Banksy's 'Devolved Parliament' sells for record-breaking price at auction

Banksy's satirical oil painting depicting the House of Commons filled with chimpanzees sold at auction in London for a record-breaking price, setting art enthusiasts alight.

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The painting entitled “Devoted Parliament,” by the British artist whose identity remains famously unknown smashed its pre-sale estimate escalating to a final sale price of 9,879,500 British pounds, equivalent to $12.2 million, according to Sotheby’s.

The monumental work of art was created in 2009 and is said to bring "premonitory insight into the increasingly tumultuous face of politics in contemporary Britain," according to Sotheby's. The well-known artwork replaces debating members of Parliament with chimpanzees sitting amongst a scene occupied by madness and mayhem.

The sheer size of the piece spans thirteen feet in length, marking the largest-known canvas by the elusive street artist whose "subversive practice has granted him a reputation of infamy as much as world renown."

The work of art sparked a 13-minute bidding battle on the phones and in the room at the Contemporary Art Evening Auction, though the canvas had made headlines around the world before its appearance in the London galleries.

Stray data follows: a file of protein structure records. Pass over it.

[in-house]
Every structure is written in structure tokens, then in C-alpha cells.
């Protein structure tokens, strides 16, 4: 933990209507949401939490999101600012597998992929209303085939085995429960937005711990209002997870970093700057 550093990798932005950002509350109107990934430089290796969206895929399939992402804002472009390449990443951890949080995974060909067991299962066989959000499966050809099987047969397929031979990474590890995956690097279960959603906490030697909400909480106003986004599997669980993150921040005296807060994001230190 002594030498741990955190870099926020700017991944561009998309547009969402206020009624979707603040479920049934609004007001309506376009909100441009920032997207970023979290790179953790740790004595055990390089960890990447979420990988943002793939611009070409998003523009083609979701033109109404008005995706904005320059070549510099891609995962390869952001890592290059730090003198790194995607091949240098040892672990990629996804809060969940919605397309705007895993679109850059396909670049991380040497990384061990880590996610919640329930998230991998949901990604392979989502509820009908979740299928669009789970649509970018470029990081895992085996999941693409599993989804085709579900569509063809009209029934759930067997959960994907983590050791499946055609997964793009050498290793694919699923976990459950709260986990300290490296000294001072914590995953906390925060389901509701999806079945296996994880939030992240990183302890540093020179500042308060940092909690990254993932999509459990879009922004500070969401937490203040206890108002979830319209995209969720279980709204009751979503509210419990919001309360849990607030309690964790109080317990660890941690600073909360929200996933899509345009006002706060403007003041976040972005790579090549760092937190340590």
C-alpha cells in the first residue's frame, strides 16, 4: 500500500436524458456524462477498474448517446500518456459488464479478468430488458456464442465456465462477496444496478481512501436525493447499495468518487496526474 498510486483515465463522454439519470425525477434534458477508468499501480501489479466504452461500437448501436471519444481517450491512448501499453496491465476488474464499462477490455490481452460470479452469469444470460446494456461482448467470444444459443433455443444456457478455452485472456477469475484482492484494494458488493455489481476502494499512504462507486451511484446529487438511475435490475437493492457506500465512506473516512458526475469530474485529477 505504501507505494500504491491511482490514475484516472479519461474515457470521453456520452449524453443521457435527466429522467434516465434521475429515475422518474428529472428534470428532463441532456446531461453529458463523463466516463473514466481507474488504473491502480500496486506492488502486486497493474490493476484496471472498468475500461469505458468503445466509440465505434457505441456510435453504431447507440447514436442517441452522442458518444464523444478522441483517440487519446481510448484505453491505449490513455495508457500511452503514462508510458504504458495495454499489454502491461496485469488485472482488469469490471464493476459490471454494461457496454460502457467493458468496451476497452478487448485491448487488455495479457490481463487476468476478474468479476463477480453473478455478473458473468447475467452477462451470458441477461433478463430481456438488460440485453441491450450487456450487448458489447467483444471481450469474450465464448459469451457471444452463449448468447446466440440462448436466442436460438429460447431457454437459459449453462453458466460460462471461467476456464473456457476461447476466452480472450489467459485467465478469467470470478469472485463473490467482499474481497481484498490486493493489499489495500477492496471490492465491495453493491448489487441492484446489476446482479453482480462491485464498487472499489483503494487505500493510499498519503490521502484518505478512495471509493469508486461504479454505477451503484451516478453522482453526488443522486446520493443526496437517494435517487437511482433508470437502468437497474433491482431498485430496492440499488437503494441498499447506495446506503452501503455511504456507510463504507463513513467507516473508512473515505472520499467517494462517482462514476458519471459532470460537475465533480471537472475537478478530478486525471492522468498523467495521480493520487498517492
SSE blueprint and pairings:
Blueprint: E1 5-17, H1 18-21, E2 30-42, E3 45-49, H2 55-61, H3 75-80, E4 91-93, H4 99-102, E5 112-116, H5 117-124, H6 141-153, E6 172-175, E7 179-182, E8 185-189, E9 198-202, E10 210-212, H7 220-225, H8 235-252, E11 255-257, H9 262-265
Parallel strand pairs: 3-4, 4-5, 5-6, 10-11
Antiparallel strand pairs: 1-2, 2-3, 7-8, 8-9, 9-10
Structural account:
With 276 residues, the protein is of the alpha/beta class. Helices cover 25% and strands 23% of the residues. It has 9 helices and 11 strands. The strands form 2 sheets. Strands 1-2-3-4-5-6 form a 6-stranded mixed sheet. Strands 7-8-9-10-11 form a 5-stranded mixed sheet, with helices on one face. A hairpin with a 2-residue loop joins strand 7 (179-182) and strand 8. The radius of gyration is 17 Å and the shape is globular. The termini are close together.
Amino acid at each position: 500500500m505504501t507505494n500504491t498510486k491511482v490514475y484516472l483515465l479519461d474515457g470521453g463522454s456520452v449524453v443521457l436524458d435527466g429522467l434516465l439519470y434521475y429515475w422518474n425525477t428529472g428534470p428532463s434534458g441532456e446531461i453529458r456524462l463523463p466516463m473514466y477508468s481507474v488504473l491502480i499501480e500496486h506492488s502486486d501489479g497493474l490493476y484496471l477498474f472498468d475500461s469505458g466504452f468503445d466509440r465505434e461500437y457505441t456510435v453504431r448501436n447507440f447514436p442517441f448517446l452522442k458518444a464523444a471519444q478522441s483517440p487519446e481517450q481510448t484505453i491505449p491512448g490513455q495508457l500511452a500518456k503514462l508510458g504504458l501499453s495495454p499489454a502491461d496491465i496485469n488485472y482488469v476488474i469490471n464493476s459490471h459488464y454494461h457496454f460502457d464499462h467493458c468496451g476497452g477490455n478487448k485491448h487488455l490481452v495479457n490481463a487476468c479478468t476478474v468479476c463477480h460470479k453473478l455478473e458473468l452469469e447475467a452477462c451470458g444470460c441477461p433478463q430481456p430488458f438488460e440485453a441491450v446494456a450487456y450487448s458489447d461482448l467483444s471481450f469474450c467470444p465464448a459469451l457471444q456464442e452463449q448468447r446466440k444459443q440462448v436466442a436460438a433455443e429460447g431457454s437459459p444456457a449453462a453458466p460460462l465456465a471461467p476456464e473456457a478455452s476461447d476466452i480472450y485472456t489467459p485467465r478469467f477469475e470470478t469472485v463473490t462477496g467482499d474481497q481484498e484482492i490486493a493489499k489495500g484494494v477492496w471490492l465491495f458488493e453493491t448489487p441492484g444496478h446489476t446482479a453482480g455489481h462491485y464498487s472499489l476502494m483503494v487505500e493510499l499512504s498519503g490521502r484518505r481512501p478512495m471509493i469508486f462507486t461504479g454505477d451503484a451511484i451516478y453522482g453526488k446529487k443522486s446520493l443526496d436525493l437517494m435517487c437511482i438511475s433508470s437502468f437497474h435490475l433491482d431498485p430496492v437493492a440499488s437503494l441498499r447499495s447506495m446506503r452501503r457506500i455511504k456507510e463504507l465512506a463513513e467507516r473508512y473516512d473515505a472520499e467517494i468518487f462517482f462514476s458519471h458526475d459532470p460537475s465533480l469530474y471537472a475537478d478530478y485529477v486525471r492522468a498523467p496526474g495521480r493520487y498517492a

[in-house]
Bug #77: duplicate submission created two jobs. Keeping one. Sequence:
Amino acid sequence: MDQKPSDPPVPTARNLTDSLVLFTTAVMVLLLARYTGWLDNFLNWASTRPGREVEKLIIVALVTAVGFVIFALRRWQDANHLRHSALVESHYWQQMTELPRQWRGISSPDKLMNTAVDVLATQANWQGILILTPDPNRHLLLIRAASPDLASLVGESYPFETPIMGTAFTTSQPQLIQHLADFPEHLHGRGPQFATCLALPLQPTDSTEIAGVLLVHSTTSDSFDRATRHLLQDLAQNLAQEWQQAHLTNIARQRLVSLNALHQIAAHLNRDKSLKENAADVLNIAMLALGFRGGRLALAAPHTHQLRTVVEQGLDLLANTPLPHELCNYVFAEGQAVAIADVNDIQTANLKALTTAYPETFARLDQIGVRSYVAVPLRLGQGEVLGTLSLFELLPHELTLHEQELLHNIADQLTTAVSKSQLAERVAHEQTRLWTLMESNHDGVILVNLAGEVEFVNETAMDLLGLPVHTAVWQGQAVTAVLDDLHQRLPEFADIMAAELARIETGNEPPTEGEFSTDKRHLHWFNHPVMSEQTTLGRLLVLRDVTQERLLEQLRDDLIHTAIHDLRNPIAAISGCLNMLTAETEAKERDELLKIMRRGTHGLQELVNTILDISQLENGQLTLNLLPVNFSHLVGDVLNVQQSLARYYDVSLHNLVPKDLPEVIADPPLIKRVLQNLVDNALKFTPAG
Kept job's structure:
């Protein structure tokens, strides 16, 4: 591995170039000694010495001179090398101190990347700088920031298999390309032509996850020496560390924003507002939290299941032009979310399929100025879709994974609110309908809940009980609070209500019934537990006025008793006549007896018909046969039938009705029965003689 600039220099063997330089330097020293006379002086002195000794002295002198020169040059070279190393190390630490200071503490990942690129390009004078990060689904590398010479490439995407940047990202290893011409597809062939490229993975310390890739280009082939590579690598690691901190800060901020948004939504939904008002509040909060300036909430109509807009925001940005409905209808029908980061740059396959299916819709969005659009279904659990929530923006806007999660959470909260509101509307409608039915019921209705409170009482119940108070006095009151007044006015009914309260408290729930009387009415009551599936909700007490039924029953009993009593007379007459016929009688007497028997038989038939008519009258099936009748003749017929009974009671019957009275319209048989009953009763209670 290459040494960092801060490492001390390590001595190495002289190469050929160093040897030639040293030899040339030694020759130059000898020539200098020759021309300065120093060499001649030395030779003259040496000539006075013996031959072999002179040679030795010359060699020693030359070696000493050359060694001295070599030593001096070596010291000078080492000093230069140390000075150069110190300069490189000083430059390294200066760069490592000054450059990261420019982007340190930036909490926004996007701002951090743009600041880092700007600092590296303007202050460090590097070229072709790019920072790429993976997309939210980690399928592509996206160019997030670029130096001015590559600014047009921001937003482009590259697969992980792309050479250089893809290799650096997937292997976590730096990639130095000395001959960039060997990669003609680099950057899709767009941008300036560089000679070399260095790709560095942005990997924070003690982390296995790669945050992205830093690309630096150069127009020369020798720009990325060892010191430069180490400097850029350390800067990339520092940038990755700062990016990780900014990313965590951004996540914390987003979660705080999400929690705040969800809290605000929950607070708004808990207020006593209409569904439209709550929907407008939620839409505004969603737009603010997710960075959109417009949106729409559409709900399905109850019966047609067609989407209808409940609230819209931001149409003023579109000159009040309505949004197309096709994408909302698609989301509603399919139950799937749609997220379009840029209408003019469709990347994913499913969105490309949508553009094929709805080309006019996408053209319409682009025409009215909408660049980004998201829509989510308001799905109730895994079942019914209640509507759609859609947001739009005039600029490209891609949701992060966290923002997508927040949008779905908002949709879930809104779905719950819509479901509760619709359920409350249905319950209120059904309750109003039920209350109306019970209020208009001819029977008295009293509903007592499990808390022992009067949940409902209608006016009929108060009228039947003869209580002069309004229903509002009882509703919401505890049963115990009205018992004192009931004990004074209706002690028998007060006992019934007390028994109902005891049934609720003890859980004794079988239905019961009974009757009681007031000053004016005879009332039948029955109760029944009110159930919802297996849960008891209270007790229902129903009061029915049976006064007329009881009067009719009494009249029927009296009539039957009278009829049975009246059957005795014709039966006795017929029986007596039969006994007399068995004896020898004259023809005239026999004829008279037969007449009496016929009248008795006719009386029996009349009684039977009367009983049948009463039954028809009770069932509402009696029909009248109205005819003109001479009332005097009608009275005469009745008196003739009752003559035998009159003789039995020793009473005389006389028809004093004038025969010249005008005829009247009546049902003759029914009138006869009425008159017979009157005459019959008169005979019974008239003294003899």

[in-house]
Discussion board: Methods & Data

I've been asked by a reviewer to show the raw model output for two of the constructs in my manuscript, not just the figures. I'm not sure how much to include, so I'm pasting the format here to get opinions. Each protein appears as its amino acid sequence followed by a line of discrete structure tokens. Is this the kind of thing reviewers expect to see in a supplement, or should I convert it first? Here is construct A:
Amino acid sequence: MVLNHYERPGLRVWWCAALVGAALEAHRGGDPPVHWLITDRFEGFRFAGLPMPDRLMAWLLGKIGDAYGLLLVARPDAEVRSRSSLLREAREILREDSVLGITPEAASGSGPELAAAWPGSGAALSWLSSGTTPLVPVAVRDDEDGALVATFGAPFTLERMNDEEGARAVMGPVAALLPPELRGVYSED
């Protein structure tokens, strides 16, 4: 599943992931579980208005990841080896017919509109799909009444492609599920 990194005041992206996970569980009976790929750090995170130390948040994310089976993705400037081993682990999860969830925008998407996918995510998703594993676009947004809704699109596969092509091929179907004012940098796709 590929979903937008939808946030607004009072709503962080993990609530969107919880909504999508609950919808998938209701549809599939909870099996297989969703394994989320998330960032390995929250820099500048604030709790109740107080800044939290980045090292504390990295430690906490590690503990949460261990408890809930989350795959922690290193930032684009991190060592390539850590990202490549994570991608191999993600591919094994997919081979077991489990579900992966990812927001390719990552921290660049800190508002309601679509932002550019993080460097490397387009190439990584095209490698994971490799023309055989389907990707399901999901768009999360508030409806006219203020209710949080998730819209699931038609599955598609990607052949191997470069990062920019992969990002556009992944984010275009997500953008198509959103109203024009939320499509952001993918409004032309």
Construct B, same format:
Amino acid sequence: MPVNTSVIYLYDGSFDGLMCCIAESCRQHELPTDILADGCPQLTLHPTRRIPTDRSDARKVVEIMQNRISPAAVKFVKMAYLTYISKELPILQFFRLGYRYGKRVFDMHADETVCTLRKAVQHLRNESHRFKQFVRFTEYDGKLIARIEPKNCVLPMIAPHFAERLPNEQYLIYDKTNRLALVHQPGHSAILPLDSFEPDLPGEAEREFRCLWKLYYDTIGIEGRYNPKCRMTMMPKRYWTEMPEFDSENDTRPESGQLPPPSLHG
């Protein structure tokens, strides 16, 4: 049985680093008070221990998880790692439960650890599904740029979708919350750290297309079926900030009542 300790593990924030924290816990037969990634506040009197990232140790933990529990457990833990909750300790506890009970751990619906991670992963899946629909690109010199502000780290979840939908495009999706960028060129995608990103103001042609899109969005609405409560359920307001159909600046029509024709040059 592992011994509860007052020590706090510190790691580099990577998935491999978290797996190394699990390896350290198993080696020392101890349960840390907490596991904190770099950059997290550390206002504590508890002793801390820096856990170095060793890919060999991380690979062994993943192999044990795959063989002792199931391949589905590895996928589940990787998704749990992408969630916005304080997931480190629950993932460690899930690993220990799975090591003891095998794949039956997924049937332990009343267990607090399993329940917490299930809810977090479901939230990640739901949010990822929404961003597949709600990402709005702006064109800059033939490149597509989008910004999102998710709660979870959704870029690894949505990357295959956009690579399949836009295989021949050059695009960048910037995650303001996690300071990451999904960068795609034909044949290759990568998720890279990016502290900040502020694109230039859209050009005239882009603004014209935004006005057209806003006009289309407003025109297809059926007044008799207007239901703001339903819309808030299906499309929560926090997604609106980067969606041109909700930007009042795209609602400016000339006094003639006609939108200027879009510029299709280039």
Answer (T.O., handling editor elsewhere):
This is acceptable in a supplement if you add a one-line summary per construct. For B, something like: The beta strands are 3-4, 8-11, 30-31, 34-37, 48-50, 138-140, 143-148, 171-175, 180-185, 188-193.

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It was first exhibited in the Banksy versus Bristol Museum exhibition, which took place at the Bristol Museum & Art Gallery in 2009. The exhibit attracted over 300,000 visitors, according to Sotheby's.

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Banksy, who has never disclosed his full identity, began his career spray-painting buildings in Bristol, England, and has become one of the world’s best-known artists.

His mischievous and often satirical images include two policemen kissing, armed riot police with yellow smiley faces and a chimpanzee with a sign bearing the words “Laugh now, but one day I’ll be in charge.”

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The Associated Press contributed to this report.